this farmer's day
I started with a hot cup of coffee. (This is the only proper way to start a day at this farm.) Then went outside to let every animal free-range on their lots. The chickens ran out of the coop and vacuumed up the scratch grains I offered for breakfast. The sheep were out next, happy to see recess started at 7AM instead of the usual post-office hours. Next I walked Finn on his leash over to where he could fill up on grass and brush and then lay down in the shade to chew his cud. My animals seen content with me, and I with them.
Memories from tomatoes
I came back inside and made my refrigerator sweet pickles. A simple recipe of slicing cucumbers and covering them in a bath of white vinegar for 5-8 hours (you can do this all night if you like tarter bread and butter pickles). I covered the slices with a lid and set them aside. I had other kitchen adventures going on at the same time, you see. I moved over to the saucepan on the stove bubbling with a thin layer of olive oil. I sliced up garlic and threw the cloves to their destiny. The smell instantly overtook my memories and I thought of making sauce my first time—in Idaho at the Carlin's farmhouse. I soon added the tomatoes, onions, spices and mixed them with my wooden spoon as I let the heat boil off the excess water. The kitchen smelled wonderful. Had I some warm garlic bread to dip in the bubbling sauce....I would have had nothing left to can. This, I am sure.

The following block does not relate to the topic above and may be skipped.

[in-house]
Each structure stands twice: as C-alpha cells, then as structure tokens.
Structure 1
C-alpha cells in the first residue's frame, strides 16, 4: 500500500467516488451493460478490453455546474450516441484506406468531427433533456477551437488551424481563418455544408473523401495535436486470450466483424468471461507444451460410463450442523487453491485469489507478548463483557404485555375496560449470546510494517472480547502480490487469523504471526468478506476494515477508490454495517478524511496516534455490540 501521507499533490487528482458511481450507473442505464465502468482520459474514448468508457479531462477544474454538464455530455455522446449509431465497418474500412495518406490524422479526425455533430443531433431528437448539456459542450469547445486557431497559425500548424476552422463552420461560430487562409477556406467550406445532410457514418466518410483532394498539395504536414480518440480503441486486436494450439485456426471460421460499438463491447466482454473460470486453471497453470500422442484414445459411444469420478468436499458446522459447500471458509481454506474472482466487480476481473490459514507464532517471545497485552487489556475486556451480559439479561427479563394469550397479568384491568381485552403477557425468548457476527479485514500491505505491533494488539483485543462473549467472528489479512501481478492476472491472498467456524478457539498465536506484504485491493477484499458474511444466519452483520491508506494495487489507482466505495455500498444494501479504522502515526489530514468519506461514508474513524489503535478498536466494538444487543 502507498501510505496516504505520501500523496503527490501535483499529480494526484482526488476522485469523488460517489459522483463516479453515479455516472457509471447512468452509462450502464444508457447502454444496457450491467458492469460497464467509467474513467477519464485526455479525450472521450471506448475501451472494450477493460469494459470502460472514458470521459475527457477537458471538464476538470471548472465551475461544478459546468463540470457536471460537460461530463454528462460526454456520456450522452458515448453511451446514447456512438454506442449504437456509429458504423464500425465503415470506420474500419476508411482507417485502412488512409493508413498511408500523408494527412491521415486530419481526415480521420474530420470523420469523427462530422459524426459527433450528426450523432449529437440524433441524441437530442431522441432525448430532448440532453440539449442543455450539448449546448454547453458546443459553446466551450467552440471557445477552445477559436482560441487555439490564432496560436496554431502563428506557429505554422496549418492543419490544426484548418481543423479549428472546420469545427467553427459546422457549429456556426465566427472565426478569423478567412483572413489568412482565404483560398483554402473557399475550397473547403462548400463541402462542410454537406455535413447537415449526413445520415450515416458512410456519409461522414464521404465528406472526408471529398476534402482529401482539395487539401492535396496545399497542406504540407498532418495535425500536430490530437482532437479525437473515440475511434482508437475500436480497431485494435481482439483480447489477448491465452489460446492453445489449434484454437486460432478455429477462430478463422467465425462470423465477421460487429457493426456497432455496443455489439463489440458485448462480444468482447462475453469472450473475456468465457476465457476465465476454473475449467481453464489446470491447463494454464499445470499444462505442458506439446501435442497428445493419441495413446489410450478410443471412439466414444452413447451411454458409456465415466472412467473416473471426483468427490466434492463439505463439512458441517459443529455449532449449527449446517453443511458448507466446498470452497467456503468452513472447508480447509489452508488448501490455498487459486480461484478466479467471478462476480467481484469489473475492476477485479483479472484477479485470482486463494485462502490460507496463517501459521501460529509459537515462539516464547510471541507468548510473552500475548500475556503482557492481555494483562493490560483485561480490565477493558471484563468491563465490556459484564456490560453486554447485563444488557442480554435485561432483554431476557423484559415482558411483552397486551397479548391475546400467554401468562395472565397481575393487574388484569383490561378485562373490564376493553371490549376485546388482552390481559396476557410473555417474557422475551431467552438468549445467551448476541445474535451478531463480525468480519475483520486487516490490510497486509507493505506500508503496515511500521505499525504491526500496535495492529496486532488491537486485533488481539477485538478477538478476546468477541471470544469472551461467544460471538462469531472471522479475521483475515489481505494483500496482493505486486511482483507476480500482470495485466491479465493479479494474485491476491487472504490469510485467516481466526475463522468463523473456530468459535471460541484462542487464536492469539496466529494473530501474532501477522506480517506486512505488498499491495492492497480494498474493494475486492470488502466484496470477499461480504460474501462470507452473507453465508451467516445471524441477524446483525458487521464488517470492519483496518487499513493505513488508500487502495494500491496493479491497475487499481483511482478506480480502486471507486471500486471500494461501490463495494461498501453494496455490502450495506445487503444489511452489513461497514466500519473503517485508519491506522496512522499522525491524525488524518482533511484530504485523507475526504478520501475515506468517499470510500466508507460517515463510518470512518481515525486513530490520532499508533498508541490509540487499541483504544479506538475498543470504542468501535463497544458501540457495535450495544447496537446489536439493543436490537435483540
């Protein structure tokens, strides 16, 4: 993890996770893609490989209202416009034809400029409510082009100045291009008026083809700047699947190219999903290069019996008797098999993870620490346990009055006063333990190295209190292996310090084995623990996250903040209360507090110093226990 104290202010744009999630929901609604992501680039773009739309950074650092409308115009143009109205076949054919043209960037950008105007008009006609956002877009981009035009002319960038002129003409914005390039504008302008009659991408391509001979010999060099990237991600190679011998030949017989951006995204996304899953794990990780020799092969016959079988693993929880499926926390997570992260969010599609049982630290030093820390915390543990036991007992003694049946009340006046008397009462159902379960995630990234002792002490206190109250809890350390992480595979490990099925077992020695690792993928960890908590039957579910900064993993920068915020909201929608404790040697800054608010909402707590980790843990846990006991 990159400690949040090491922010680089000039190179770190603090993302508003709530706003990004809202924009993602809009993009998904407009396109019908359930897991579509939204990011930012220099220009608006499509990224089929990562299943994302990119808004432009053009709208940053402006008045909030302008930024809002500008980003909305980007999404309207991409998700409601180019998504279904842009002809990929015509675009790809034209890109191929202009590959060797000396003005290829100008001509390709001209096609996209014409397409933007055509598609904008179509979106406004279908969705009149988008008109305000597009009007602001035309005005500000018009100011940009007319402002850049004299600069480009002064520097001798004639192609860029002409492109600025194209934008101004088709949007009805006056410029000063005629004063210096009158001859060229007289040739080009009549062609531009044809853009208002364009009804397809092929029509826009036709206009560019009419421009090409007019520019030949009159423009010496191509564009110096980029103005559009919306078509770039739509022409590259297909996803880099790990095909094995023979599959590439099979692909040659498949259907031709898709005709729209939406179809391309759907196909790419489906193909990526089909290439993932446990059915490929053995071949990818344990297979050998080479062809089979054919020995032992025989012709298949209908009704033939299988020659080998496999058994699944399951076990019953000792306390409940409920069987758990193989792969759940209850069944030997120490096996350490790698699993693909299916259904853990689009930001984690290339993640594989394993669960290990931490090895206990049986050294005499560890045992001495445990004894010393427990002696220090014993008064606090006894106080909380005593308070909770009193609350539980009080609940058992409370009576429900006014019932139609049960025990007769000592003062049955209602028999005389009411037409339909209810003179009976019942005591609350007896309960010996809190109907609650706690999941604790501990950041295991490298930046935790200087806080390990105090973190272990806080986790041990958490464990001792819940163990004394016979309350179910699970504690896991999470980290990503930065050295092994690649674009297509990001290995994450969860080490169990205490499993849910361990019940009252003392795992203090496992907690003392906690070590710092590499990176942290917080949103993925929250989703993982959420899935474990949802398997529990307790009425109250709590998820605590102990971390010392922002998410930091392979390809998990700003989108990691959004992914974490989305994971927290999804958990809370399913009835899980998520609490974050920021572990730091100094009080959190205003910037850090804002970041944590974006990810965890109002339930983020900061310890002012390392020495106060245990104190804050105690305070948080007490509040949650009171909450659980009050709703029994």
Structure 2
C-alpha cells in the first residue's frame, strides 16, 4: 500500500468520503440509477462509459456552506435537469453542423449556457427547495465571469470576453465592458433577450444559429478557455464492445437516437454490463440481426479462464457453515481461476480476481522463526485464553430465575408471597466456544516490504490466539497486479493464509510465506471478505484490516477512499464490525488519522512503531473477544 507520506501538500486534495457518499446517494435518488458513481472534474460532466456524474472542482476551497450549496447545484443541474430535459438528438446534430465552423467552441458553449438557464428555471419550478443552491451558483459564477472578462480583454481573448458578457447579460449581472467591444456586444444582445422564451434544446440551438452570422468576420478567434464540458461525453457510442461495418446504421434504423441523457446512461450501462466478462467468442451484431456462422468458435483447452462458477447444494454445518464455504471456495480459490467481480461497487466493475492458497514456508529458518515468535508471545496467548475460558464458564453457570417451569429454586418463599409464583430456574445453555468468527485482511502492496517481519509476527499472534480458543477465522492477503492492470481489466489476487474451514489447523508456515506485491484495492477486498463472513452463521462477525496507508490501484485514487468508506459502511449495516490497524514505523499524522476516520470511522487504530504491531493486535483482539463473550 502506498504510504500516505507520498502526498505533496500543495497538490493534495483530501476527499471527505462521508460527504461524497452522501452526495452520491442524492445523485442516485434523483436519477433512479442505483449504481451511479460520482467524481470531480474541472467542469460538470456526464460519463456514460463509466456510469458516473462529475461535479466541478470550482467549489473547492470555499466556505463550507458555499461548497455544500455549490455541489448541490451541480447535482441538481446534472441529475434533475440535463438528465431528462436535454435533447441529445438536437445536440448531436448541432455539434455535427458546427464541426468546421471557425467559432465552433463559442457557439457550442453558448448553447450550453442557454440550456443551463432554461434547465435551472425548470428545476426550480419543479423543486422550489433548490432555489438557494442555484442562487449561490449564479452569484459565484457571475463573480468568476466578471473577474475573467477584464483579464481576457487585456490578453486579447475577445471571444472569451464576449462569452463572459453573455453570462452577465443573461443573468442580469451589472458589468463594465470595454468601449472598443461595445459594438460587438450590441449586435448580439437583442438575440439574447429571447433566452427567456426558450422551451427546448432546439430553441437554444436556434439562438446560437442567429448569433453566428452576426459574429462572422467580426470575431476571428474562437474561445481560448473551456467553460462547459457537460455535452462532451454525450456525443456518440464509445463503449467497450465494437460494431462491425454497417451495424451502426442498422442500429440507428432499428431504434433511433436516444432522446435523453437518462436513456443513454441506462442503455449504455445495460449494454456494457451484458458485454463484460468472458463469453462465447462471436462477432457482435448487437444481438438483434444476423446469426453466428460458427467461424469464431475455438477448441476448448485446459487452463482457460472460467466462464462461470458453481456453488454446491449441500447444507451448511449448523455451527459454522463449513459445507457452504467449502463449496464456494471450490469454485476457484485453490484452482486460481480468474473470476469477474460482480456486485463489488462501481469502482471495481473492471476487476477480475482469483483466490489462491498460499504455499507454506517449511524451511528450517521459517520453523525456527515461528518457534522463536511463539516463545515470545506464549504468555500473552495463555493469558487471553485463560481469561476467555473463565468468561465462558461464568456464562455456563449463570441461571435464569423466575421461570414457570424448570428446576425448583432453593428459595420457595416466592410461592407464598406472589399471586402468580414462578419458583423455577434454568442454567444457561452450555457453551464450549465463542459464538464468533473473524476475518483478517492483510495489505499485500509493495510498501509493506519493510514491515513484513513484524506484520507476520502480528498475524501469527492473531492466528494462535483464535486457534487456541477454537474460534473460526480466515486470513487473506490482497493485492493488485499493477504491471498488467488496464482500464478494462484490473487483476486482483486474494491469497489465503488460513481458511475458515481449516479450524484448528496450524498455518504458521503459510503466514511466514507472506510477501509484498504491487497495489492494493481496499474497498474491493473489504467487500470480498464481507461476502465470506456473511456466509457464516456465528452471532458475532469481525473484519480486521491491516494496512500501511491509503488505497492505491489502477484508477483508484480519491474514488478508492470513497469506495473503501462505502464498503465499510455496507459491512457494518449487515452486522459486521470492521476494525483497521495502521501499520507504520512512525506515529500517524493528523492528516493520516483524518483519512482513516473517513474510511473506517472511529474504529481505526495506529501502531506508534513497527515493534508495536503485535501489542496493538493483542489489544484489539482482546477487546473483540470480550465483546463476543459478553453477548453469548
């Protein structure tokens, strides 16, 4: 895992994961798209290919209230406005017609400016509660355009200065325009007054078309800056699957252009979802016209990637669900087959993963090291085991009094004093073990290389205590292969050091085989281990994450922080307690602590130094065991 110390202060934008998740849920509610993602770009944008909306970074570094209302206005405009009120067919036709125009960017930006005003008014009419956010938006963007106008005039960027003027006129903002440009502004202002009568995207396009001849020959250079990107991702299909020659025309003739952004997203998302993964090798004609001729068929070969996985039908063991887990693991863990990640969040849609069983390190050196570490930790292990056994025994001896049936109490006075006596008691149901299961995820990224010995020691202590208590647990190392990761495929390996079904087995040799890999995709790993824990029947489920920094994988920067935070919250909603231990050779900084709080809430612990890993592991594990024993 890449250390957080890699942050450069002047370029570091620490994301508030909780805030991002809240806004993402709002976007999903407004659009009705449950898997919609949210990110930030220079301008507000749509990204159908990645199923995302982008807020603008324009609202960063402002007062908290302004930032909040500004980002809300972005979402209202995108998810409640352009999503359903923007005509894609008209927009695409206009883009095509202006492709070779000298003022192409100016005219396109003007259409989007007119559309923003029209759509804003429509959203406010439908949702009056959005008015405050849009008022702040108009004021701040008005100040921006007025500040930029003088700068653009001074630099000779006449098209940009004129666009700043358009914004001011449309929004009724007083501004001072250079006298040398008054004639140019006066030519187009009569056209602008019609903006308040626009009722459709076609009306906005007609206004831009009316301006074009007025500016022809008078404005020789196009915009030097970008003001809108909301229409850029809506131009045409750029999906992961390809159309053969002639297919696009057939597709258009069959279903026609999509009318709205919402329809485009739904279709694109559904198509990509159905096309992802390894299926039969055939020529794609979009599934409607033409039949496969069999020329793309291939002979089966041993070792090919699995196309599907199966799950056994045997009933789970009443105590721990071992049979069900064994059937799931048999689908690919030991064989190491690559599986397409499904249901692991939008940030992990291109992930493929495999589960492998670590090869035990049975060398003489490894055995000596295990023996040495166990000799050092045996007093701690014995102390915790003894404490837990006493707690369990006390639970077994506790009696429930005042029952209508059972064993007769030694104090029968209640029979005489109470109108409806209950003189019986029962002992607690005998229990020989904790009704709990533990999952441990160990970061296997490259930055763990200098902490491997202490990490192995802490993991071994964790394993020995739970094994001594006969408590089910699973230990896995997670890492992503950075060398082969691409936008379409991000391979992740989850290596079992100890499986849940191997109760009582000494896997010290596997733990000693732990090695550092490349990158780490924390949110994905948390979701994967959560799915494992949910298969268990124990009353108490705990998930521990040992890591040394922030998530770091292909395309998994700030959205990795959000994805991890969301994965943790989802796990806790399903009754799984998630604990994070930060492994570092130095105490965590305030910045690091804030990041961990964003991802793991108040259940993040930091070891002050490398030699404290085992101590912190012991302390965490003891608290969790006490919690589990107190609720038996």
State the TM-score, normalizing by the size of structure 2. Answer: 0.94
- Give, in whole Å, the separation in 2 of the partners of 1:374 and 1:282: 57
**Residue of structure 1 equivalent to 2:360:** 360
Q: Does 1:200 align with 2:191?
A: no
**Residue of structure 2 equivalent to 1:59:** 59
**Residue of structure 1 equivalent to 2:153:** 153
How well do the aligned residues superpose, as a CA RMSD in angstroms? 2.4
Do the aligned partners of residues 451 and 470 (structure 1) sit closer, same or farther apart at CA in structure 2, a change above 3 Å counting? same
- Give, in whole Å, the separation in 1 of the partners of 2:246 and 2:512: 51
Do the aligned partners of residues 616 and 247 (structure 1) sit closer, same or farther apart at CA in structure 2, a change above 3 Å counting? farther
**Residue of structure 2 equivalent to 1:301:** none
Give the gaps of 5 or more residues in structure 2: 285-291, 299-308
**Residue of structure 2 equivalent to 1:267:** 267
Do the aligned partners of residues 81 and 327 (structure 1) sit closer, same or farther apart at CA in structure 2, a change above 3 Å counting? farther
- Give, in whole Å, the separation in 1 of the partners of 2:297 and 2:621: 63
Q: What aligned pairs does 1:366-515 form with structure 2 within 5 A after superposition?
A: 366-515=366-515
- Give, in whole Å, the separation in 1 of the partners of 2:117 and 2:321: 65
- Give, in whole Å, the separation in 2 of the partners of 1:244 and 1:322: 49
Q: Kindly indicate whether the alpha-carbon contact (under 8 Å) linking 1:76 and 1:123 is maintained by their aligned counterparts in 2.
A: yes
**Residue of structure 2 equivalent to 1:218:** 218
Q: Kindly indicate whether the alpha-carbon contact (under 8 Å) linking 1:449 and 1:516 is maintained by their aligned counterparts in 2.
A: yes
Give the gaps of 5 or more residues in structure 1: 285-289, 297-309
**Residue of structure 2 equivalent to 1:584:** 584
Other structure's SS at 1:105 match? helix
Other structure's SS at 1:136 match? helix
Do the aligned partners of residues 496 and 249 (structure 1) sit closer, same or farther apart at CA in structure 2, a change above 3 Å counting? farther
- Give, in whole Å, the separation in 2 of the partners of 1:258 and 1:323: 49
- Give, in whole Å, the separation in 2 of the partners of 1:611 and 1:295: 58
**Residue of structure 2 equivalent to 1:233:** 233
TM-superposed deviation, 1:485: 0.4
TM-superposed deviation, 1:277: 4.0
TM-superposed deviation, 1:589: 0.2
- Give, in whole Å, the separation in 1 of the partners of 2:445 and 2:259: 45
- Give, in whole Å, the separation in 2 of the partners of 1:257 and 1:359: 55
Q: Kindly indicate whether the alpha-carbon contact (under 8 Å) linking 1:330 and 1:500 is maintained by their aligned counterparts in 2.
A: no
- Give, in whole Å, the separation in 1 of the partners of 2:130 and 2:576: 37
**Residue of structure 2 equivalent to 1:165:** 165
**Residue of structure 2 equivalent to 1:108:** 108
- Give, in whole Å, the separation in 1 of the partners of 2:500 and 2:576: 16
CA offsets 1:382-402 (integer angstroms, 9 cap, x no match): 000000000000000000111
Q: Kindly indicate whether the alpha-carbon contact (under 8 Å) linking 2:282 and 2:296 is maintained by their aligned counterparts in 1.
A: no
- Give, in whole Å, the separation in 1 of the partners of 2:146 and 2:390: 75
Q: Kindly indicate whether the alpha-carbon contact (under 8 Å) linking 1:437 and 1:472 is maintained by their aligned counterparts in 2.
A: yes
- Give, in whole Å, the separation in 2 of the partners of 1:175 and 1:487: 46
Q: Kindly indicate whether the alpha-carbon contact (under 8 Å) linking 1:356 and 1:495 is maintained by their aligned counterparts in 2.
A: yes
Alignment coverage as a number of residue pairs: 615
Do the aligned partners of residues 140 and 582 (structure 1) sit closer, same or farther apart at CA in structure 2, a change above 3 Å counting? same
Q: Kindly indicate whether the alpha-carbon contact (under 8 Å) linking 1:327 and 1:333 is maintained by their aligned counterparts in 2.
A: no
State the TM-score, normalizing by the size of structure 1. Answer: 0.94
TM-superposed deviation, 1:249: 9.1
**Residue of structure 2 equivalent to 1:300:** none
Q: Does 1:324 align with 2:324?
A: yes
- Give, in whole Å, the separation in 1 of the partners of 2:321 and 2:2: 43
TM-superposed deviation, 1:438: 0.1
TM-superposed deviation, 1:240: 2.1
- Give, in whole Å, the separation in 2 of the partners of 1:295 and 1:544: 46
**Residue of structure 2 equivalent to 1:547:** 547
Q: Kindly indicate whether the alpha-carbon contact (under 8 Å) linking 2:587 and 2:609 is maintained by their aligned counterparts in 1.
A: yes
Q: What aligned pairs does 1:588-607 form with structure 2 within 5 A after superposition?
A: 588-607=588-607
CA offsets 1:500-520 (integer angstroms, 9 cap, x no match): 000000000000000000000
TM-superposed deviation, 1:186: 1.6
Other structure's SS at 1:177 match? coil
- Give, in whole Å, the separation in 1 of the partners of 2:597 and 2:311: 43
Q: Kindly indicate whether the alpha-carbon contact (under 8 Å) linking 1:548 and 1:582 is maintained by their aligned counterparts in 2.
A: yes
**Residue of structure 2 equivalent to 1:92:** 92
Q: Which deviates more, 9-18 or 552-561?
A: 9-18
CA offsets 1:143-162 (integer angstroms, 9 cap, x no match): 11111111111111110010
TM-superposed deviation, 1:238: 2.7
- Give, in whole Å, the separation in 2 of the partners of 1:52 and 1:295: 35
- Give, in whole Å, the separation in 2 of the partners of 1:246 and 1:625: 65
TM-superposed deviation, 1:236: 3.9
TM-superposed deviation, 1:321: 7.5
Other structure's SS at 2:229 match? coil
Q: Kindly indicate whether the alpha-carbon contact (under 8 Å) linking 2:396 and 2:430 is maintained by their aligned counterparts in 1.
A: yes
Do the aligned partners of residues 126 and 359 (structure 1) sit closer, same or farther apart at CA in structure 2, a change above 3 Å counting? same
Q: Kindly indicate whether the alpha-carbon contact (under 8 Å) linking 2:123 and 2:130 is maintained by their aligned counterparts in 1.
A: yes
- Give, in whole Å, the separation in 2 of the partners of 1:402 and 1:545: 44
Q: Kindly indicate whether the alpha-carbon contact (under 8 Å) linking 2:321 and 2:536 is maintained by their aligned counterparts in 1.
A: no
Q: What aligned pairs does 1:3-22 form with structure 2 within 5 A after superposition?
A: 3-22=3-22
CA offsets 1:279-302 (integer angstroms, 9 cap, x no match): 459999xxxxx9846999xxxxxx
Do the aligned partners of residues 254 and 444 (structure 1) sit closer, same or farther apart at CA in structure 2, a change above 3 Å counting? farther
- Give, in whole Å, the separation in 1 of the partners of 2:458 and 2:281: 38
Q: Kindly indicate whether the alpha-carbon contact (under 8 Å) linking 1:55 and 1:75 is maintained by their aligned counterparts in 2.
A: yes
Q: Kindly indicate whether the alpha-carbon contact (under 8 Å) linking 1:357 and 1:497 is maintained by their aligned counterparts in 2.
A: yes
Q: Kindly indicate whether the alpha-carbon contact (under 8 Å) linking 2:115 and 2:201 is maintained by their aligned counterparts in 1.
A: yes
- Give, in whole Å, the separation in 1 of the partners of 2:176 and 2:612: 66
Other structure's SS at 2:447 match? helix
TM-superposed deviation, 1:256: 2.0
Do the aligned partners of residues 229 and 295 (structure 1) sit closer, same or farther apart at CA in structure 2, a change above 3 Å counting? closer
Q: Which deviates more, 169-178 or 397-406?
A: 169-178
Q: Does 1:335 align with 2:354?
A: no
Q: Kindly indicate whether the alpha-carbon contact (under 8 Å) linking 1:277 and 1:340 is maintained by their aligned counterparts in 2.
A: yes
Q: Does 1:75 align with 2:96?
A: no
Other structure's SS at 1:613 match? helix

While the sauce bubbled on the stove—I started getting ready for company. Four friends were coming that night for homemade pizza, beer, and a big campfire. A practice run for Antlerstock (which may happen as a day event in October) I have no problem at all laying a quilt by a fire, or even sitting on the grass, but I realized my guests might not be so (forgive the pun) grounded. So I needed to seat five of us and I wasn't buying lawn chairs. I decided to use bales instead. I'd use the hay I'd buy for the livestock for benches, covered in quilts to scratchy bare legs. Problem solved.
After my sauce was cooling in just-canned jars on the kitchen table, I left the farm to pick up the hay at Nelson Green's place over in New York. The drive on the back roads from Sandgate, over into Hebron is a beautiful, secret, hidden way. When I emerged from the woods into the breathtaking openness of upstate New York, Nelsons farm wasn't far off. Soon I was crawling up into a hay trailer, throwing down bales of green first cut down to the station wagon. I chatted with a woman named Wanda who was also there buying hay. She had a pony, and we talked horses for a bit. Just as I was about to leave a familiar trucked pulled up. It was Dave.
Dave and his wife Nadine have a flock of Texas Dall sheep three miles up the road. He told me to stop up and visit his wife 'cause she's home and would love to show me around. Within moments I was walking around Nadine's 75 acres and meeting her spunky ram lamb, Thomas. The name was perfect and I can't explain why. He stood there no larger than a labrador, but with those ovine eyes that seem ancient as sin (and a smile too smart to take himself seriously) he looked like a smug grad student named Thomas. He reminded me of Finn with his darker coat and large horns. (I bet our boys would love to run around the field together.) I very much liked the idea of a sheep and goat being best friends. The world needs more beautiful contraries.